lose no time in planting their crops.
Mare Island Notes
Orders weYe received for Civil Engineer <;r>r
don. t*. S. a., to sail Tuesday for Pearl hnrho-
where he has been assigned. Gordon was former
assistant to the public works department officer.
DR. WOULD NOT
LET THEM DIE
I certify the following to be a true
copy of part of a letter just received
from a practicing physician, graduate
Medical Department Vanderbilt Uni
versity, Nashville, Term.:
"I still have occasional patients with
Rright's and always get good results
with the Renal Compound. On my re
turn today my wife told me an old
patient, treated three or four years
ago, was in. She said I had saved her
life. This is a fact, for she had been
the rounds and spent much money.
* • • There was a death here two
weeks ago that might have been
avoided. • • • Medical ethics are
letting men and women die that might
be saved. When I started to attend
Medical lectures I was asked by a
prominent lawyer what school I would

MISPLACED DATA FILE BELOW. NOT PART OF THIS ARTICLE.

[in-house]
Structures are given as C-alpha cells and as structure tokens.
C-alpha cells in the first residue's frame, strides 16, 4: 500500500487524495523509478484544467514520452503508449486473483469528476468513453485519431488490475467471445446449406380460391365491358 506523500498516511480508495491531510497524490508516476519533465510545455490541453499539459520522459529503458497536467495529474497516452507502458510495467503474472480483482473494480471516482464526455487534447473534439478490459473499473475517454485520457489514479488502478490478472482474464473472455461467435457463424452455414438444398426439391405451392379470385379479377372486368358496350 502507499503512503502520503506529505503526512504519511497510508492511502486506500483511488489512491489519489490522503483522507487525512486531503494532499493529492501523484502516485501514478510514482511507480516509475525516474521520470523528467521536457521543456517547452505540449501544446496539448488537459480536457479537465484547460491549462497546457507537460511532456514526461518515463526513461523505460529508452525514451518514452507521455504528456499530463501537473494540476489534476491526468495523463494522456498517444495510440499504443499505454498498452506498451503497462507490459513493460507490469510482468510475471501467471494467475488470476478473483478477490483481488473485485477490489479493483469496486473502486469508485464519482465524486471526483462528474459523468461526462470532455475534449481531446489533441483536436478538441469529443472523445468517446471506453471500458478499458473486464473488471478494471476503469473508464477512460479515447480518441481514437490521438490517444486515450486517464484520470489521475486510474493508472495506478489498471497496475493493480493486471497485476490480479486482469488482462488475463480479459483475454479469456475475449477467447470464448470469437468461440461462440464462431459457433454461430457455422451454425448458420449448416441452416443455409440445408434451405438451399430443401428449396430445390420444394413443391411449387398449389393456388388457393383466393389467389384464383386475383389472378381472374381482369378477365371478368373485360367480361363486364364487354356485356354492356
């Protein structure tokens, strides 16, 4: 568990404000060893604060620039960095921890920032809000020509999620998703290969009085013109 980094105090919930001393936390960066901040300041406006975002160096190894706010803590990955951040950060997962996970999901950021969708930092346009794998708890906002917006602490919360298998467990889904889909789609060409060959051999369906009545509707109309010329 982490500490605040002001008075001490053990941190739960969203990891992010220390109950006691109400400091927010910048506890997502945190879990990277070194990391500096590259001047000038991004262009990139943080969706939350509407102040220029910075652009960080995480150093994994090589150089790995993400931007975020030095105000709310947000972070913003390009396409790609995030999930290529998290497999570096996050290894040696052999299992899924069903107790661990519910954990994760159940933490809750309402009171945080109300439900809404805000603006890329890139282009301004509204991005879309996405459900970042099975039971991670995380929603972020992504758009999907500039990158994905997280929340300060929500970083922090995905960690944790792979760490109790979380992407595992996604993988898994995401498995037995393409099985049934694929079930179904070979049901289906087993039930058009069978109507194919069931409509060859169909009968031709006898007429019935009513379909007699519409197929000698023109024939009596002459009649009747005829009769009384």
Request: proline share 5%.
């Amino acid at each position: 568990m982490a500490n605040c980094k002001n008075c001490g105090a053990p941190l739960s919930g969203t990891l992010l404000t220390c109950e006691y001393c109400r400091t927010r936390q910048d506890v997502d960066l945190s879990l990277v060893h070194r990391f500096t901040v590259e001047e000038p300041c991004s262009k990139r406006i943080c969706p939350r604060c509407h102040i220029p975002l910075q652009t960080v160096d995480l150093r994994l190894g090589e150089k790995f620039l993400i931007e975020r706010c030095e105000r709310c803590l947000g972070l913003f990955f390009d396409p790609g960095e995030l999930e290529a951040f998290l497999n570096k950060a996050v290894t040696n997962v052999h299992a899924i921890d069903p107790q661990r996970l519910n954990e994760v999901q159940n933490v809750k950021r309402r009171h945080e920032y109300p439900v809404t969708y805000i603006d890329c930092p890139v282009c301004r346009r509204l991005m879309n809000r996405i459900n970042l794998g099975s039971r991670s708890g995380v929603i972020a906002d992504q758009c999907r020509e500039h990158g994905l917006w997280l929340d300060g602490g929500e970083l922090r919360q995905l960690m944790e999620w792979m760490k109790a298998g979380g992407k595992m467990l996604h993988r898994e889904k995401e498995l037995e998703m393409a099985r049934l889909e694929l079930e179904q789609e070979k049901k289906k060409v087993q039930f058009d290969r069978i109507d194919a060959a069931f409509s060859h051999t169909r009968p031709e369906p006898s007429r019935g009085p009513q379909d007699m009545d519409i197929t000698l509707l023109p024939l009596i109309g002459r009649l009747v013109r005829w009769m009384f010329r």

select. I replied that my policy would
be to use anything that proved good
and I have stuck to it 25 years. I
could not see fellow men die simply
because ethics said so. I have a dozen
or two now living that had it not been
for the Renal Compound would be un
der the soil. • • • Wish I had time
to give details of a case I took two
years ago whose physicians had said
could only live three weeks. Patient
is living now, and making a living."
Attest my hand and seal at San
Francisco, Jan. 30, 1913.
THOMAS ft BURNES,
Notary Public.
If you have Brlght's disease you owe
it to yourself and family to try Ful
ton's Renal Compound before giving up.
3